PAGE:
Kara Eaker announces departure from the University of Utah, alleging verbal and emotional abuse during collegiate career
A U.S. Olympic alternate at the Tokyo Olympics, Eaker has retired from the sport of gymnastics
Alleging verbal and emotional abuse from an unnamed male coach and lack of support from the administration at the University of Utah, Kara Eaker announced Friday on Instagram that she has retired from Utah’s nationally renowned women’s gymnastics team and the sport of gymnastics as a whole, and withdrawn as a student from the Salt Lake City-based university.
“I accepted an athletic scholarship to the University of Utah because I truly believed the school was a place where I could contribute to the community, be a strong asset to the gymnastics team, and be free to develop myself and future career,” Eaker wrote in a post. “For two years, while training with the Utah Gymnastics Team, I was a victim of verbal and emotional abuse. As a result, my physical, mental, and emotional health has rapidly declined.
“I had been seeing a university athletics psychologist for a year and a half and I’m now seeing a new provider twice a week because of suicidal and self-harm ideation and being unable to care for myself properly. I have recently been diagnosed with severe anxiety and depression, anxiety induced insomnia, and I suffer from panic attack, PTSD and night terrors.
Eaker continued, “During my recruiting process, I was promised a ‘family’ within this program and a ‘sisterhood’ with my teammates, who would accept me, care for me, and support me. But instead, after I entered as a freshman, I was heartbroken to find the opposite in that I was training in an unhealthy, unsafe, and toxic environment. I have now reached a turning point and I’m speaking out for all the women who can’t because they are mentally debilitated and paralyzed by fear.”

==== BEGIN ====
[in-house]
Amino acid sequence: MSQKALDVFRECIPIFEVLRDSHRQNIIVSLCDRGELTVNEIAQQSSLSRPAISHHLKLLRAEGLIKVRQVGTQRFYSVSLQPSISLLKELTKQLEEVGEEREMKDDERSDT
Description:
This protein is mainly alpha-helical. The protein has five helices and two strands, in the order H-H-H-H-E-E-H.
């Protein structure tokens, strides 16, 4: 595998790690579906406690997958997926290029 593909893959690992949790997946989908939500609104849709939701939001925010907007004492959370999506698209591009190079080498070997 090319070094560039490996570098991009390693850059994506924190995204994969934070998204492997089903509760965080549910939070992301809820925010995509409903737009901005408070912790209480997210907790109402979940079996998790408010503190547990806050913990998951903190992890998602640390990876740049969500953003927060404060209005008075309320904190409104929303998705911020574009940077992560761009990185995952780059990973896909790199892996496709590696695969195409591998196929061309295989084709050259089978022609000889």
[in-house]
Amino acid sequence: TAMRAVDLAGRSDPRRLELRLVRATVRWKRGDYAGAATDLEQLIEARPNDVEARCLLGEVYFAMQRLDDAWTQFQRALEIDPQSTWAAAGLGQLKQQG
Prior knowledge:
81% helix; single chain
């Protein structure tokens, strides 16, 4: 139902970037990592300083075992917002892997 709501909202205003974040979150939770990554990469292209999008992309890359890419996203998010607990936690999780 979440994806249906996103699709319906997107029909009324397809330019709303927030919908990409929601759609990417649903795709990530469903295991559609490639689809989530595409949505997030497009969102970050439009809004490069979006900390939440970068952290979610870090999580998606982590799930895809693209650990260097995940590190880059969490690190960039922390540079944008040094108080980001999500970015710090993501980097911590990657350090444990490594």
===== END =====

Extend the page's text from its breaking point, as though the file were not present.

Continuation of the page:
The Deseret News reached out to the administration of the University of Utah and Utah’s athletics department for comment. A spokesperson for the athletics department acknowledged “receipt of the inquiry,” adding, “at such point if there is something I can share with you I will get in touch.”
An alternate on the 2021 U.S. Olympic team that won the the silver medal in Tokyo and a two-time world champion gymnast herself — she was part of the U.S. gold-medal winning teams at the 2018 and 2019 world championships — Eaker alleged that she experienced abuse at Utah in both public and private.
“The abuse often happened in individual coach-athlete meetings. I would be isolated in an office with an overpowering coach, door closed, sitting quietly, hardly able to speak because of condescending, sarcastic and manipulative tactics,” she wrote.
“... I was personally attacked, humiliated, degraded and yelled at to the point of tears in front of the whole team. Instead of receiving positive and encouraging critiques to improve my skills, I was scared to death by the loud and angry outbursts from the coach,” Eaker continued. “When a male coach suddenly erupts with anger and physically slams down mats and gets up in an athlete’s face as a tactic to intimidate them, it’s impossible to have the confidence to speak up for yourself.”